Saltman, E. and Frennett, R. (2016) ‘Female Radicalization to ISIS and the Role of Women in CVE’, in Chowdury Fink et. al. (eds.), A Man’s World? Exploring the Roles of Women in Countering Terrorism and Violent Extremism, (Abu Dhabi and New York: Hedayah and GCCS), pp. 142 – 163.
Abstract: Women have played significant roles in a number of contemporary terrorist organizations. A range of far-right, far-left and Islamist extremist organizations have utilized female forces for a variety of activities including logistics, recruitment, political safeguarding, operational leadership, suicide bombing and combat. The recent surge in female recruitment to groups such as the terrorist organization Islamic State of Iraq and al-Sham (ISIS) has brought this long lasting phenomenon into sharp focus. This trend is unfortunately often paired with misperceptions around the role of women within these violent networks and engendered responses to the radicalization of women. A more nuanced understanding of the roles women play in preventing and countering violent extremism (PVE and CVE) is therefore critical. This chapter explores the crucial roles that women play in countering the violent extremist narrative, by reaching a wider audience of those “at risk” of radicalization and bringing much-needed innovation into the CVE sector. Addressing gender dynamics in CVE work is significant as we see an increasing number of women being radicalized and recruited into terrorist networks like ISIS from all over the world.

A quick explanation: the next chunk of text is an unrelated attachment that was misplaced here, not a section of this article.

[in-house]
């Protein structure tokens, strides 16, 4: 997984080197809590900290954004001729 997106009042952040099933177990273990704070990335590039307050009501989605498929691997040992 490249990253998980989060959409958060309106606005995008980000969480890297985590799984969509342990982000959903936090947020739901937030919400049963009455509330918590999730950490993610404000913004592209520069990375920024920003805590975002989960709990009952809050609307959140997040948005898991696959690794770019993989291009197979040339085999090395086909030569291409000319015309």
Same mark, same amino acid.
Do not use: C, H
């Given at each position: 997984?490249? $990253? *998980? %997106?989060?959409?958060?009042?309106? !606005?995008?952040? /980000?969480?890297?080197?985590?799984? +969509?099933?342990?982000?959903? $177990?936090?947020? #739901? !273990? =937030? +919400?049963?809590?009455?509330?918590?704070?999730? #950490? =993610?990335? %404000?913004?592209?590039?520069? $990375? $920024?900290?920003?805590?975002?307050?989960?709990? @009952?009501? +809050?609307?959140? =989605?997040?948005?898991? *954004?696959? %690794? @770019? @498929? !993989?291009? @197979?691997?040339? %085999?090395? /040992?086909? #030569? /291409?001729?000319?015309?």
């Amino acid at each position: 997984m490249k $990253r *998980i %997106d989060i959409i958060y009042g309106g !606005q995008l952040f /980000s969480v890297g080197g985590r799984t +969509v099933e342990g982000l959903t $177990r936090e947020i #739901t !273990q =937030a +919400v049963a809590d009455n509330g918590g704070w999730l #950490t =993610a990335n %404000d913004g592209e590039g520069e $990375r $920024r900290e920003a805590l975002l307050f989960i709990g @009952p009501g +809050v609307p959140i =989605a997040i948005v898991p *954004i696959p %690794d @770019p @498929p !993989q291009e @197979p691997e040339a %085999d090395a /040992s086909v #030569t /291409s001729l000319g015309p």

Full publication available here: http://www.hedayah.ae/pdf/a-man-s-world-1.pdf